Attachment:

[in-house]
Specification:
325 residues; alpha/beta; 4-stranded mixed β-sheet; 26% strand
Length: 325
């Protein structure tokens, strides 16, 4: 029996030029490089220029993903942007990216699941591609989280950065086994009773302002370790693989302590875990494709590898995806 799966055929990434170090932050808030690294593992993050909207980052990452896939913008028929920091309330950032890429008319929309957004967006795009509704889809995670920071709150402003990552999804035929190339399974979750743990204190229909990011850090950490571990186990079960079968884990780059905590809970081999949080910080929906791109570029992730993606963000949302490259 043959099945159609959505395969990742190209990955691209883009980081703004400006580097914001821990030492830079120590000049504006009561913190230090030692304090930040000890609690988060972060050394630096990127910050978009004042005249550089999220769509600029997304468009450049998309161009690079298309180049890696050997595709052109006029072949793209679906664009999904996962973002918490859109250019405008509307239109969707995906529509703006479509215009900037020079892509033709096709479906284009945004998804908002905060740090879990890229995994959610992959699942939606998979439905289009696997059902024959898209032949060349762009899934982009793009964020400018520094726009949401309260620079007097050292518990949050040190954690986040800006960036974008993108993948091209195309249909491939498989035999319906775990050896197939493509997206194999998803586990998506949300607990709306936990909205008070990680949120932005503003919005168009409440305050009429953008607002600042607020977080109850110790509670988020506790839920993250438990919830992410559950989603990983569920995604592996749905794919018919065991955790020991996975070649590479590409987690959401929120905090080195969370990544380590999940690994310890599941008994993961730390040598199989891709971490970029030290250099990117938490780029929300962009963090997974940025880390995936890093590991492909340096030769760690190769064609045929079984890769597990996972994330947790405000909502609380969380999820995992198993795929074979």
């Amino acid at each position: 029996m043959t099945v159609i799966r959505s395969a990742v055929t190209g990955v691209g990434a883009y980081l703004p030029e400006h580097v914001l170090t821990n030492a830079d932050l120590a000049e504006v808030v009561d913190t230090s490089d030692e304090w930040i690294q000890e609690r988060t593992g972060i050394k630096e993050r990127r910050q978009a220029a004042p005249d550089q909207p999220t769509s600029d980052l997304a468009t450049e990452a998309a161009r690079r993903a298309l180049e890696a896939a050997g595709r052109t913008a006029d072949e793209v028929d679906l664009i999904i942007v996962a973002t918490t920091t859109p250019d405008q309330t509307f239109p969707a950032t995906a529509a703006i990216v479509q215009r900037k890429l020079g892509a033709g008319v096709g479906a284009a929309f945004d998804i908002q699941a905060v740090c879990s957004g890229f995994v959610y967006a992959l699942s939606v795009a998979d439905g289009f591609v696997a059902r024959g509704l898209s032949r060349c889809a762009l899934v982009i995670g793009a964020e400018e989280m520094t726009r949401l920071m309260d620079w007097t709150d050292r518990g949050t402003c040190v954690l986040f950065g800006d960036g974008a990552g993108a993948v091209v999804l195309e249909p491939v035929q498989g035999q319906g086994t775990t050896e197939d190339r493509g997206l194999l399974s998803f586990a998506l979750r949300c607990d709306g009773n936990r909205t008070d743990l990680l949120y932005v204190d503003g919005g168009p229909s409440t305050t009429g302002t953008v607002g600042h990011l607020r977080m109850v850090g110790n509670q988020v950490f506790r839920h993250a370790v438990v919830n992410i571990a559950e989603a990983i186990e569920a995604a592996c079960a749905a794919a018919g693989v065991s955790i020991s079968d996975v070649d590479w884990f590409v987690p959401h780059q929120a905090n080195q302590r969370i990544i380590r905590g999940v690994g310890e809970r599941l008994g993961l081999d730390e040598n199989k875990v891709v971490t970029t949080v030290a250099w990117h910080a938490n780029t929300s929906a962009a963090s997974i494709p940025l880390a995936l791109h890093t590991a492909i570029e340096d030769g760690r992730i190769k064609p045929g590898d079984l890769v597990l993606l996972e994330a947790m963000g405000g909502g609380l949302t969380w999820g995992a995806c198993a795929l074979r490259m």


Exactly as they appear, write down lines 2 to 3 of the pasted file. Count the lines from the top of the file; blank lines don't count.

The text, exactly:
Specification:
325 residues; alpha/beta; 4-stranded mixed β-sheet; 26% strand